unprecedented international success and influence of Italy's 
own design movement, which was fully formed by the 
middle of the 1950s, suggests that Italy not only learned 
much from the United States but also that it went 
significantly beyond that lesson to evolve a model of design 
that was, in the final analysis, indubitably its own. Italian 
design has never functioned solely as part of a commercial 
strategy, but has always been a deeply rooted cultural and 
ideological phenomenon stimulating debates that have 
both mirrored and influenced broader sociocultural issues 
in postwar Italy. 

1. Martin Clark, Modern It,//) 1871 rp8o (London: Longman, 1984), 
p. 348. 

2. See, for example, Penny Sparke, "From a Lipsti< k to .1 Steamship 
the Birth ot the American Industrial Design Profession, in Terry 
Bishop, ed., Design History: Fad or Function. (London: Design ( ouncil, 
1978); and Jeffrey Meiklc. Twentieth-Century Limited: Industrial D 

in America 192$ rpjp (Philadelphia: Temple University Press. 19 9) 

3. See Stuart Durant, Cbristopt r Dn tser (London: Academj I ditions, 
1993), p. 23, where tins < laim is made, 

4. The Italian architect Gio Pond collaborated with the < erami< s 
manufacturer Richard Ginori from 1923101939 Mm hot Ponti's work 
for Ginori was in the neoclassii al Novcc en to style, I k also pro> ided 
designs, in the 1930s, tor tin decorative-arts company Fontana Ami 

5. Ernesto Nathan Rogers, "Editorial," Domus, no. 2,05 ( January [9 
p. 3- 

6. Rogers coined the phrase "from a spoon to .1 1 ity" as tin title tor an 
exhibition in Turin in 1940. 

7. Raymon Loewy, Never Leave Well Enough Alone (New York, 1951 ». 
p. 32. 

8. Rogers, p 5. 

9. Gio Ponti, "Italy's Bid on the World Market," Interiors, February 

195!, p. 79- 

10. These are described in an article written by the Fren< h graphic 
designer Frederick 1 Icnrion, "Italian Journey," /)< >/:,'/ ( Design Council, 
London), January 1949, p. 23. 

11. This much-quoted phrase derives from Louis. Sullivan, "The Tall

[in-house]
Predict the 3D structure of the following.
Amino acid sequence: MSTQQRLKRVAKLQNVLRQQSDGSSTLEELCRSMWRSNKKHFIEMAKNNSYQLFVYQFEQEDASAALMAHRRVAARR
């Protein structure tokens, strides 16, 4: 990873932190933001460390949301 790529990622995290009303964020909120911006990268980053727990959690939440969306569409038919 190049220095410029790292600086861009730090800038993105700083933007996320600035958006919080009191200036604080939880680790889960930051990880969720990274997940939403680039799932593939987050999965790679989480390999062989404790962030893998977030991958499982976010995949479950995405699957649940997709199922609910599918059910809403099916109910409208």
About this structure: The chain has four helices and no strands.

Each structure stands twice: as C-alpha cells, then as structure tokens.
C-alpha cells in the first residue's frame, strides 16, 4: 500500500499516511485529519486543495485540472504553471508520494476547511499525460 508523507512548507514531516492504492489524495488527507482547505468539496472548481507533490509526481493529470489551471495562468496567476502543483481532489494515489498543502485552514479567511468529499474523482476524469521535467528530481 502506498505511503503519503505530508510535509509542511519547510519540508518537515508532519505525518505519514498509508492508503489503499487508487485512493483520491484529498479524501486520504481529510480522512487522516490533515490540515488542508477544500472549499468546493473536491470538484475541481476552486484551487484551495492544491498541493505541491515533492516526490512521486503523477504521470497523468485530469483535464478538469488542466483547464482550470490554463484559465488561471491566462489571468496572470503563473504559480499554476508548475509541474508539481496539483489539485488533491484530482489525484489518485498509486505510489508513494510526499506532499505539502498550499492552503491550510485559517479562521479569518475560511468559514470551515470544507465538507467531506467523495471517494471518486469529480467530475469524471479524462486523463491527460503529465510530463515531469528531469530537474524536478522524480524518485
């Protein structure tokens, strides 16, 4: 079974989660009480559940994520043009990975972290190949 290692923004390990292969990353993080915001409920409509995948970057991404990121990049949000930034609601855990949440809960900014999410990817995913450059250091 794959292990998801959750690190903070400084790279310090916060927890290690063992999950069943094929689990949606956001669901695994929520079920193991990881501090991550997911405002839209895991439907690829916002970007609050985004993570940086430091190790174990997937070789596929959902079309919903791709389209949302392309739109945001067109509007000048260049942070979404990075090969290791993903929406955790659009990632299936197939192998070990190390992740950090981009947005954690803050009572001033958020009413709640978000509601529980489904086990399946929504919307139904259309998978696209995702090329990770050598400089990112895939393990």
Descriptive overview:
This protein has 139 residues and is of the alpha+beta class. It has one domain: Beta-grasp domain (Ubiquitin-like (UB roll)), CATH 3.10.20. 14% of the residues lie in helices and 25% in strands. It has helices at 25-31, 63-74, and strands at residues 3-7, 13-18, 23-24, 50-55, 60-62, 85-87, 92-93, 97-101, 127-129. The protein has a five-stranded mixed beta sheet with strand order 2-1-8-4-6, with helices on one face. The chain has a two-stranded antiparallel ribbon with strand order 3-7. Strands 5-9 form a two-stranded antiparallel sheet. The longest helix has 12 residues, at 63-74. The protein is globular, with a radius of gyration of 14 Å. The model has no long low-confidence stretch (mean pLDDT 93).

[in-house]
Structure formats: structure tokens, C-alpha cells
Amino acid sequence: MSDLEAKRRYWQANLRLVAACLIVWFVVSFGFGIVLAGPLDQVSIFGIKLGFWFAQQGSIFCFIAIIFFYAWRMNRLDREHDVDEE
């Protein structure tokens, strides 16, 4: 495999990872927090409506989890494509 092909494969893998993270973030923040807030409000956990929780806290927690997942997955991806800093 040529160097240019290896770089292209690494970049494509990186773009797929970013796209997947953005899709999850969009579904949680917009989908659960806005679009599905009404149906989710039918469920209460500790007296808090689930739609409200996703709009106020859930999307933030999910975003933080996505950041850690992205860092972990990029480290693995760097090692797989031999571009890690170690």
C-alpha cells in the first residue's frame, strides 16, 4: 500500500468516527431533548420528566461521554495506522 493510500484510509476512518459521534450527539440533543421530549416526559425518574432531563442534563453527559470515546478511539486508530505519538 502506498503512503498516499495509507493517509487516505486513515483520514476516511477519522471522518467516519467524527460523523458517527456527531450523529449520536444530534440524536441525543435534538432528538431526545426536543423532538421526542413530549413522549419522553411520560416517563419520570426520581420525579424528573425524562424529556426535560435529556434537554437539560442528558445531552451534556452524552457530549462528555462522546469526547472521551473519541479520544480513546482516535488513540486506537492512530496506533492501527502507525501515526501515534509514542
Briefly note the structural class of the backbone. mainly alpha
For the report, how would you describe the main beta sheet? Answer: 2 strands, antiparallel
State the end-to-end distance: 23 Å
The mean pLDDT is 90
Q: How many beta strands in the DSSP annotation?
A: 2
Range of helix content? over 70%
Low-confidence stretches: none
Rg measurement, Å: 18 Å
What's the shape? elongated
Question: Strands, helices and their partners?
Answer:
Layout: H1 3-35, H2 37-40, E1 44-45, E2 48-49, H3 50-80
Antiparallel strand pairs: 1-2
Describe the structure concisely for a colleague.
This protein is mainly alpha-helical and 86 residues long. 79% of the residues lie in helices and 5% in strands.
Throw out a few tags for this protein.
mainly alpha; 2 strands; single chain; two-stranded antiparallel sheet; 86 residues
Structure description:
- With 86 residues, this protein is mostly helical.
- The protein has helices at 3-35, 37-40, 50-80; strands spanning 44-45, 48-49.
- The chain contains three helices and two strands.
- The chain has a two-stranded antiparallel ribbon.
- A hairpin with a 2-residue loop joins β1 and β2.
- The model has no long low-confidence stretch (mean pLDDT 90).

Office Building Artistically Considered," Lippincotts, Januarj 1896, 

12. Walter Dorwin Teague, "Foreword," Italy at Work: //<' Renaissana 
in Design Today (Rome: Compagnia Nazionale Artigiana, 1950), p, i. 

13. Italy at Work, p. 27. 

14. Donald Sassoon, Contemporary Italy: Politics, Economy and Society 
Since 104s (London: Longman, 19S6), p, J3, 

615 /'( nny Spark 

j24- Achille and Pier Giacomo 

Children's camera, 1964. Wood 
model, fabricated in 1993 by 
Giovanni Sacchi (based on original 
plaster prototype), 10 x 15 x 10 cm. 
Collection of Achille Castiglioni, 

725. Achille and Pier Giacomo 

KR 126 stereo system, 1966. 

Lai quered wood shell and aluminum; 

closed: 92 x 62 x 36.5 cm; open: 

70 x 140 x 36.5 cm. Manufactured by 

Brionvega. Lent by the manufacturer, 

Cernusco sul Naviglio (MI). 

726. Achille and Pier Giacomo 

Spatter vacuum cleaner, 1956. Plastic, 
leather, metal, and felt, 38.8 x 14.6 x 
15 cm. Manufactured by R.E.M. di 
Rossetti Enrico. The Museum of 
Modern Art, New York, Gift of the 

727. Marco Zanuso and 
Richard Sapper 

Done) l-j portable television, 1962. 
ABS plastic housing, 35 x 36 x 30 cm. 
Manufactured by Brionvega. Lent by 
the manufacturer, Cernusco sul 
Naviglio (MI). 

728. Marco Zanuso and 
Richard Sapper 

Grillo (Cricket) folding telephone, 

1965. ABS plastic housing, 

7 x 16 x 8 cm. Manufactured by 

■ 1 lull, in. 1 Telecommunicazioni 
Siemens. The Museum of Modern 
Art, New York, Gift ol the 
manul.ii turer, 

729. Marcel lo Nizzol/ 
Lettera 22 (Letter 22) portable 
typewriter, 1950. Enameled metal 
housing, 8.3 x 29.8 x 32.4 cm. 
Manufac tured by Olivetti S.p.A 

VI idi rn An, 
fori Gift ol Olivetti Corp. of 
Ami : 

730. Ettore Sottsass, Jr. and 
Perry A. King 

Valentine portable typewriter, 
1969. ABS plastic housing, 
10.2 x 34.3 x 35 cm. Manufactured 
by Olivetti, S.p.A. The Museum of 
Modern Art, New York, Gift of 
Olivetti Underwood. 

731. Mario Bellini 

TCV 250 video display terminal, 
1966. Body: sheet steel and vacuum- 
cast ABS plastic plate; cover: cast- 
injected ABS plastic, 93.5 x 91.6 x 
55.8 cm. Manufactured by Olivetti, 
S.p.A. The Museum of Modern Art, 
New York, Gift of the manufacturer. 

732. Gino and Nani Valle. 
John Myer, and Michele 

Cifra ? (Number 5) clock, 1955. Plastic 
housing, 17 x 27 x 11 cm. 
Manufactured by Solari. Collection 
of the Estate of Alfredo Carnelutti, 

75j. Rodolfo Bonetto 

Magic Drum portable radio, 1968. 
ABS plastic housing, 12 cm high, 10 
cm diameter. Manufactured by 
Autovox. Bonetto Design Collection. 

734. Ermenegildo Prcti 

1st 11.1 automobile, 1952-53. 132 x 
225 x 134 cm. Manufactured by Iso. 
Collection of Enrico Mirani, 

755, Corradino D'Ascanio 

Vespa (Wasp) motorscooter, 1946. 
120 x 191 x 71 cm. Manufactured by 
Piaggio Veicoli Europei S.p.A. 
Lent by the manufacturer. 

736. Dante Giacosa 
Nuova $00 (New $00) automobile, 
1954. Wood prototype, fabricated by 
Reparto modellatori Fiat Mirafiori, 
130 x 290 x 130 cm. Fiat S.p.A., 

( 1 ill lii Stone (l. 

737. Battista Pinin Farina 
.■mi I a Mam automobile, [963. 
Fiberglass model, fabricated by 
Pininfarina, 2 i x X4.5 x J3.5 < m. 
Manufactured by Ferrari. Pininfarina 

738. Battista Pinin Farina 

2$o Le Mans automobile, 1963. 
Fiberglass model, fabricated by 
Pininfarina, 23 x 88 x 33.5 cm. 
Manufactured by Ferrari. 
Pininfarina Collection. 

739. Battista Pinin Farina 
Cisitalia 202 automobile, 1947. Sheet 
metal model, fabricated by 
Pininfarina, 24 x 78.2 x 30 cm.